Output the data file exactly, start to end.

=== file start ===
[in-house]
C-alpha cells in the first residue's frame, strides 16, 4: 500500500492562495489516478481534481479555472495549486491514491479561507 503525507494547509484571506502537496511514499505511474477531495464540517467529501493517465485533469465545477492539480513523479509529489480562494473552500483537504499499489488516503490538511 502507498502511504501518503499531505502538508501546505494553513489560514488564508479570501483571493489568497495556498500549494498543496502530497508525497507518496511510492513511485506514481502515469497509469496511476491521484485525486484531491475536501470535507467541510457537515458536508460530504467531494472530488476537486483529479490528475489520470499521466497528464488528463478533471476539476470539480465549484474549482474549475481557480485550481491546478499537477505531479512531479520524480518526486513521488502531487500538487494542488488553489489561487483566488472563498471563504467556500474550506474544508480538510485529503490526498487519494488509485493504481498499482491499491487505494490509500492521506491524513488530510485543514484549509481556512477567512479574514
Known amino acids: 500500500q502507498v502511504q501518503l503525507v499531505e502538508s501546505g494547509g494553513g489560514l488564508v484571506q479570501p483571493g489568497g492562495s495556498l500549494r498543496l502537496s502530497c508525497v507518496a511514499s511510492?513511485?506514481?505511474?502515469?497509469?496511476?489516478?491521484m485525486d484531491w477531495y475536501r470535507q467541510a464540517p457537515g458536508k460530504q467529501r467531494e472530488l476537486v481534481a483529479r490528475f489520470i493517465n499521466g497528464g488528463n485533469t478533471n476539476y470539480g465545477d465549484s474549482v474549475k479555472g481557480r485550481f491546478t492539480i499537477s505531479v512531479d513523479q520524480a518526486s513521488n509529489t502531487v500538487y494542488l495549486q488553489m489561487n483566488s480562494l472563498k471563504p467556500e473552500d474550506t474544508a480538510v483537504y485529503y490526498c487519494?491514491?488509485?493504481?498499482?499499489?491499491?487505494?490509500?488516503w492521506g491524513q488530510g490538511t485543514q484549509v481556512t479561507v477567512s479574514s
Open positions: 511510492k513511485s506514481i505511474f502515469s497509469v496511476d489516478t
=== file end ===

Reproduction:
[in-house]
C-alpha cells in the first residue's frame, strides 16, 4: 500500500492562495489516478481534481479555472495549486491514491479561507 503525507494547509484571506502537496511514499505511474477531495464540517467529501493517465485533469465545477492539480513523479509529489480562494473552500483537504499499489488516503490538511 502507498502511504501518503499531505502538508501546505494553513489560514488564508479570501483571493489568497495556498500549494498543496502530497508525497507518496511510492513511485506514481502515469497509469496511476491521484485525486484531491475536501470535507467541510457537515458536508460530504467531494472530488476537486483529479490528475489520470499521466497528464488528463478533471476539476470539480465549484474549482474549475481557480485550481491546478499537477505531479512531479520524480518526486513521488502531487500538487494542488488553489489561487483566488472563498471563504467556500474550506474544508480538510485529503490526498487519494488509485493504481498499482491499491487505494490509500492521506491524513488530510485543514484549509481556512477567512479574514
Known amino acids: 500500500q502507498v502511504q501518503l503525507v499531505e502538508s501546505g494547509g494553513g489560514l488564508v484571506q479570501p483571493g489568497g492562495s495556498l500549494r498543496l502537496s502530497c508525497v507518496a511514499s511510492?513511485?506514481?505511474?502515469?497509469?496511476?489516478?491521484m485525486d484531491w477531495y475536501r470535507q467541510a464540517p457537515g458536508k460530504q467529501r467531494e472530488l476537486v481534481a483529479r490528475f489520470i493517465n499521466g497528464g488528463n485533469t478533471n476539476y470539480g465545477d465549484s474549482v474549475k479555472g481557480r485550481f491546478t492539480i499537477s505531479v512531479d513523479q520524480a518526486s513521488n509529489t502531487v500538487y494542488l495549486q488553489m489561487n483566488s480562494l472563498k471563504p467556500e473552500d474550506t474544508a480538510v483537504y485529503y490526498c487519494?491514491?488509485?493504481?498499482?499499489?491499491?487505494?490509500?488516503w492521506g491524513q488530510g490538511t485543514q484549509v481556512t479561507v477567512s479574514s
Open positions: 511510492k513511485s506514481i505511474f502515469s497509469v496511476d489516478t